Wilson Cruz
Executive Producer, Visible: Out on Television

“The first time I saw myself represented on TV, was -- as obnoxious as this sounds -- was the first time I saw MYSELF on TV! Growing up, there were zero people I could look to for representation. I longed and searched for someone to speak to my experience as gay boy of color, so that I could know that I, too, mattered... that my lived experience was one that was worthy of expression and that I wasn’t alone. I never got that, but I did get to be that for someone else and that is something that I’ll be PROUD of for the rest of my life.”

Michael James Scott
Actor, Aladdin (Broadway)

“On screen, I will never forget seeing the movie Mannequin and the actor Meshach Taylor as Hollywood Montrose. It was a moment in time when I saw this fabulous Black man playing a character who was not afraid of being himself. At the time, I just remember enjoying the performance, but what I now know was the importance of the impact it had on my hope of one day being able to walk in my truth as fabulous as I want to be!”

Matt Bomer
Actor, Doom Patrol

“I have to be honest, I think I really looked at this stage first and to writers, like Larry Kramer and Terrence McNally, Tony Kushner, people who were writing gay characters who had dimension and depth and weren't just some sort of set dressing or even a stereotype. They had real dimension and pathos to them. So I think the stage was where I first found that. Of course, I knew of actors like Montgomery Clift, who were gay and loved their work, but there just wasn't really any access to that in an open way in film that I was allowed to see as a kid growing up.”

Nikki Levy
Creator, Don't Tell My Mother!

“The first time I saw myself (a feminine lesbian) was watching Rent at the Shubert Theater in Chicago in 1997. I was studying at Northwestern University, and I had just come out as ‘liking girls’ to my two best friends, Brian and Steven, who were also coming out. Brian's boss surprised us with front-row tickets to Rent, the famed Broadway show that had just come to Chicago from New York City. I heard it contained (whispers) gay themes. As a newly-out kid, I wanted gay ANYTHING. From the moment the curtain went up, every cell in my little queer body started shooting rainbows. Joanne and Maureen had a brief kiss at the end of ‘La Vie Boheme,’ but it was their sexy, seductive push and pull in the iconic duet ‘Take Me or Leave Me’ that put me over the edge. That love, that longing, those sexy dance moves. God, I was such a baby dyke! The next week, I took my student loan money and bought another ticket to the show. Joanne and Maureen, I'll love you forever.”

Telly Leung
Actor, Aladdin (Broadway)

“I actually can’t remember. I grew up in a traditional Chinese home. I’m bilingual, and I remember my parents watching Chinese sitcoms from Hong Kong. They would rent them from a video store in Chinatown. But, to be completely honest, I saw very few people who looked like me on TV or on a screen when I was a little kid.”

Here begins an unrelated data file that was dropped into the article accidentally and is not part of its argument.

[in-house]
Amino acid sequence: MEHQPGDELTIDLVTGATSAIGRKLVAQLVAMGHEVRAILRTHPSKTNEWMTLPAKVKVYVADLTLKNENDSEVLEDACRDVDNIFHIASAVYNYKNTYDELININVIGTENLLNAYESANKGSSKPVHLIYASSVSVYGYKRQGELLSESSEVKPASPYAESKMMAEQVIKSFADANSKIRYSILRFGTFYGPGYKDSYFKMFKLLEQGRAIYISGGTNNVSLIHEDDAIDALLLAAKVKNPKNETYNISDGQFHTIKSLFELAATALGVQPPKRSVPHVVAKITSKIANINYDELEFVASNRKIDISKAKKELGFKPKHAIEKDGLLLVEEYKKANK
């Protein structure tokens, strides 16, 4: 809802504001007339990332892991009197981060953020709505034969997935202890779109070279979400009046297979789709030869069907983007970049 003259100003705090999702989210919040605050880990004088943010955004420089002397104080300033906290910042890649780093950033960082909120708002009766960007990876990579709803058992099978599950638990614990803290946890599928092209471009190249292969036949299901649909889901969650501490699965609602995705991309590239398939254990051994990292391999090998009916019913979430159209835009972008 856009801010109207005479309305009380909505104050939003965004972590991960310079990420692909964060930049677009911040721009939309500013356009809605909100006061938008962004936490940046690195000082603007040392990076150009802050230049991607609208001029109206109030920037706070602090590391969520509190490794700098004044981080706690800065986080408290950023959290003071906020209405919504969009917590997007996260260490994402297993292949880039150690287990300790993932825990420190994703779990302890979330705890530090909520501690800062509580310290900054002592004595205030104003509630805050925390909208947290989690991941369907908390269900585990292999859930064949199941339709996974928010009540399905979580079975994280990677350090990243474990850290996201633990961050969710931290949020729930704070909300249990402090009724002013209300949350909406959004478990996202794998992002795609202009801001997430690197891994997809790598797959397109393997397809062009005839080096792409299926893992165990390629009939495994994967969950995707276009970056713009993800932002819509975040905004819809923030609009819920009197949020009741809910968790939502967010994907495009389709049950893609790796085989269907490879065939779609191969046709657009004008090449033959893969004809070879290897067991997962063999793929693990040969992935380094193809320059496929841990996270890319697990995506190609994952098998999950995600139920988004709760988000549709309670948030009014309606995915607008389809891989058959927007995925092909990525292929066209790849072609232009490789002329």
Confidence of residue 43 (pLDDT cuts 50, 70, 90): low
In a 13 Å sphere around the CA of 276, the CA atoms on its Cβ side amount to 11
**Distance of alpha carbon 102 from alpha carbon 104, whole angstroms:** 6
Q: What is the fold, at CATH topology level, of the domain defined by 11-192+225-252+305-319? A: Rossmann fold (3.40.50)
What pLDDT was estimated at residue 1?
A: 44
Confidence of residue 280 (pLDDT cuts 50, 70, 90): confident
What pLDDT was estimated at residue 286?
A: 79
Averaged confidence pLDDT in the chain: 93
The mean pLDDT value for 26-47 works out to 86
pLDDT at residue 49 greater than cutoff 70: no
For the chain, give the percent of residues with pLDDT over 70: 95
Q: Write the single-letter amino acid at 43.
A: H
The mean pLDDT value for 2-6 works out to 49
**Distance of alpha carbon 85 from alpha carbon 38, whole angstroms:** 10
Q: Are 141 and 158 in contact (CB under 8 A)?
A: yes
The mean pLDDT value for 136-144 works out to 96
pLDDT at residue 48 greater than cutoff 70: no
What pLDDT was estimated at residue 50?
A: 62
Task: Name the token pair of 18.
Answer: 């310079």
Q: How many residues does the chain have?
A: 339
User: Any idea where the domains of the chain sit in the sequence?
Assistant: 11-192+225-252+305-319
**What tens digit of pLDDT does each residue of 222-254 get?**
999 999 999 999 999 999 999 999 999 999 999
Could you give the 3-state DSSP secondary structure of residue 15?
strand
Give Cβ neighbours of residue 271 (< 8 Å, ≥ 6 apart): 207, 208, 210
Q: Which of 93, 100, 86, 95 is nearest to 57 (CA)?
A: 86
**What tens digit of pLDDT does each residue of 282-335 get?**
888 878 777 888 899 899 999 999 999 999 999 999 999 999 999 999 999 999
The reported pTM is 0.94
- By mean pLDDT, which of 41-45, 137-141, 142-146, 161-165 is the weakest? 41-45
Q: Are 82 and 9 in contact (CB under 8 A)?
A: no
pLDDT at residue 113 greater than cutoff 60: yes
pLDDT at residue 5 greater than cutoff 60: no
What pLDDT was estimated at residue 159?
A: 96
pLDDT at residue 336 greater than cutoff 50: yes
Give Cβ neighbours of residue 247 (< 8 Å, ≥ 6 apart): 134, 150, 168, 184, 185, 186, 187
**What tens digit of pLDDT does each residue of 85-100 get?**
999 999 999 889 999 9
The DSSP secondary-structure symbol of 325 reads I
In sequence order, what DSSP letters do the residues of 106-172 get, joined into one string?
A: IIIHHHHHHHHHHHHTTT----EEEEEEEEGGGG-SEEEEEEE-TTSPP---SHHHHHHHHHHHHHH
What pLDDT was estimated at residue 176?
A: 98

Rahne Jones
Actor, The Politician

“The first time I saw myself on screen was when I saw Lena Waithe as Denise in Master of None. It was the first time I saw a Black lesbian on TV who wasn't femme and I was floored! In that moment, I thought there could be space for me in Hollywood, which is something I never felt was possible.” 

Scott Turner Schofield
Actor, Studio City

“I play Max in Studio City on Amazon Prime. When I found out that I am the first out transgender man to be nominated for an acting Emmy (in either Daytime or Primetime), I was shocked, because it is 2020 -- how has this not happened by now? The recognition is a huge honor, but most exciting, it means that things are continuing to change for trans actors in Hollywood. I literally never saw another person like me on screen, when I was growing up. Right after I came out as trans, Hilary Swank won an Oscar for playing the trans man Brandon Teena in the film Boys Don’t Cry. So I didn’t see myself, because Swank is a woman, and I knew I was not a woman. And then, the first time I ever witness the story of a person like me at the movies, he gets raped and murdered. I hoped that wouldn’t be my story. But that's what fueled me to make an acting career for myself. I knew that if I wanted to see stories about people like me, I was going to have to help make them. First, I made one-man shows -- because I couldn’t get cast as a transgender person in anybody else’s plays, back then. In 2015, I had my TV breakthrough, and I was the first transgender actor in Daytime TV, on The Bold and the Beautiful. Since then I’ve starred in films and guest starred in other series. My own film about being a trans man -- Becoming a Man in 127 EASY Steps -- premiered at the Tribeca Film Festival this year, and we’re looking for a place for it, so that anyone like I was can see a deep and authentic story about it.”

Paula Pell
Creator, Mapleworth Murders

“The first gay women I remember on screen is the movie Personal Best. It was about two track stars that fell in love and even though it was at a time where everything was closeted in my own life with my first girlfriend, they portrayed their young love as sweet and natural and I couldn’t believe it. I watched it many times and even though like all gay stories then, it didn’t have a happy ending for them, it felt affirming and hopeful to me. We watched it recently and it was still so good.” 

Sherry Cola
Actor, Good Trouble

“I remember being obsessed with the TV show South of Nowhere when I was in high school. It's about a small-town girl who moves to L.A. and meets this girl who makes her question her sexuality. IT WAS RELATABLE AF. I would watch it nervously because I felt so seen, and I didn't know how to handle these feelings. At that point, I wasn't fully comfortable in my bisexual skin because I didn't know how to define it. I was ‘intrigued’ by girls and always had these ‘zero to a hundred’ friendships, which I now realize were total crushes. Because I saw that storyline on the screen, I knew I wasn't the only person in the world going through some type of sexual identity crisis. It was cool seeing these stories, but it wasn't even on a mainstream channel. That's why it's unbelievably necessary to continue showing this on screen, so that young queer girls never feel like they're going through something alone!”


--Additional reporting by Larry Dechant, Nischelle Turner and Philiana Ng